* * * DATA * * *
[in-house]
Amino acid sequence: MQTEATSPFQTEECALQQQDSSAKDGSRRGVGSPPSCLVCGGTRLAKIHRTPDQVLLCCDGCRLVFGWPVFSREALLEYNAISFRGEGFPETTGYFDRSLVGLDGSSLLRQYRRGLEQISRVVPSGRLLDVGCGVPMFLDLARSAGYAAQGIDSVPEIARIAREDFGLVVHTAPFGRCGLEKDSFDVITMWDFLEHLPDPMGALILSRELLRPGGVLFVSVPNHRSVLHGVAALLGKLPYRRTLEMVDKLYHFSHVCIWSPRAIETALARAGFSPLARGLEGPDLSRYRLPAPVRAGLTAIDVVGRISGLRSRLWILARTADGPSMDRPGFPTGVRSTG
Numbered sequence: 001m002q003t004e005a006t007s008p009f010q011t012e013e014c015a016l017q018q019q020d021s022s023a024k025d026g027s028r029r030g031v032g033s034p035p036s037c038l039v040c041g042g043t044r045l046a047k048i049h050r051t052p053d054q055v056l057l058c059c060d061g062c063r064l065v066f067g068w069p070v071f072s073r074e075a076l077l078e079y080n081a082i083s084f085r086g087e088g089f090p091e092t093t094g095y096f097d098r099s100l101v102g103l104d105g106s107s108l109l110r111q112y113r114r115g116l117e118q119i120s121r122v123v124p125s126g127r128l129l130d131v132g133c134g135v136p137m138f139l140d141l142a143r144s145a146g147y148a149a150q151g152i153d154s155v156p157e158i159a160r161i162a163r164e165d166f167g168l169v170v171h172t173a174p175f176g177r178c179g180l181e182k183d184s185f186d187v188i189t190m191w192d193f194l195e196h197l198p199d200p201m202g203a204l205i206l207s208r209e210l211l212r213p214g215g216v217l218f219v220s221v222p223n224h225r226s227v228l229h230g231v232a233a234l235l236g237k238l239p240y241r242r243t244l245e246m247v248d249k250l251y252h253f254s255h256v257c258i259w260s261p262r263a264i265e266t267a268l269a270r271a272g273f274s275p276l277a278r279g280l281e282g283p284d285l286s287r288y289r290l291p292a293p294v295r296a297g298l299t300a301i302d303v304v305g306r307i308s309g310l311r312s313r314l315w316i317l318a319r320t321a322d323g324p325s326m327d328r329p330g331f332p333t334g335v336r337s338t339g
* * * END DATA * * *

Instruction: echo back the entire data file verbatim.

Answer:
[in-house]
Amino acid sequence: MQTEATSPFQTEECALQQQDSSAKDGSRRGVGSPPSCLVCGGTRLAKIHRTPDQVLLCCDGCRLVFGWPVFSREALLEYNAISFRGEGFPETTGYFDRSLVGLDGSSLLRQYRRGLEQISRVVPSGRLLDVGCGVPMFLDLARSAGYAAQGIDSVPEIARIAREDFGLVVHTAPFGRCGLEKDSFDVITMWDFLEHLPDPMGALILSRELLRPGGVLFVSVPNHRSVLHGVAALLGKLPYRRTLEMVDKLYHFSHVCIWSPRAIETALARAGFSPLARGLEGPDLSRYRLPAPVRAGLTAIDVVGRISGLRSRLWILARTADGPSMDRPGFPTGVRSTG
Numbered sequence: 001m002q003t004e005a006t007s008p009f010q011t012e013e014c015a016l017q018q019q020d021s022s023a024k025d026g027s028r029r030g031v032g033s034p035p036s037c038l039v040c041g042g043t044r045l046a047k048i049h050r051t052p053d054q055v056l057l058c059c060d061g062c063r064l065v066f067g068w069p070v071f072s073r074e075a076l077l078e079y080n081a082i083s084f085r086g087e088g089f090p091e092t093t094g095y096f097d098r099s100l101v102g103l104d105g106s107s108l109l110r111q112y113r114r115g116l117e118q119i120s121r122v123v124p125s126g127r128l129l130d131v132g133c134g135v136p137m138f139l140d141l142a143r144s145a146g147y148a149a150q151g152i153d154s155v156p157e158i159a160r161i162a163r164e165d166f167g168l169v170v171h172t173a174p175f176g177r178c179g180l181e182k183d184s185f186d187v188i189t190m191w192d193f194l195e196h197l198p199d200p201m202g203a204l205i206l207s208r209e210l211l212r213p214g215g216v217l218f219v220s221v222p223n224h225r226s227v228l229h230g231v232a233a234l235l236g237k238l239p240y241r242r243t244l245e246m247v248d249k250l251y252h253f254s255h256v257c258i259w260s261p262r263a264i265e266t267a268l269a270r271a272g273f274s275p276l277a278r279g280l281e282g283p284d285l286s287r288y289r290l291p292a293p294v295r296a297g298l299t300a301i302d303v304v305g306r307i308s309g310l311r312s313r314l315w316i317l318a319r320t321a322d323g324p325s326m327d328r329p330g331f332p333t334g335v336r337s338t339g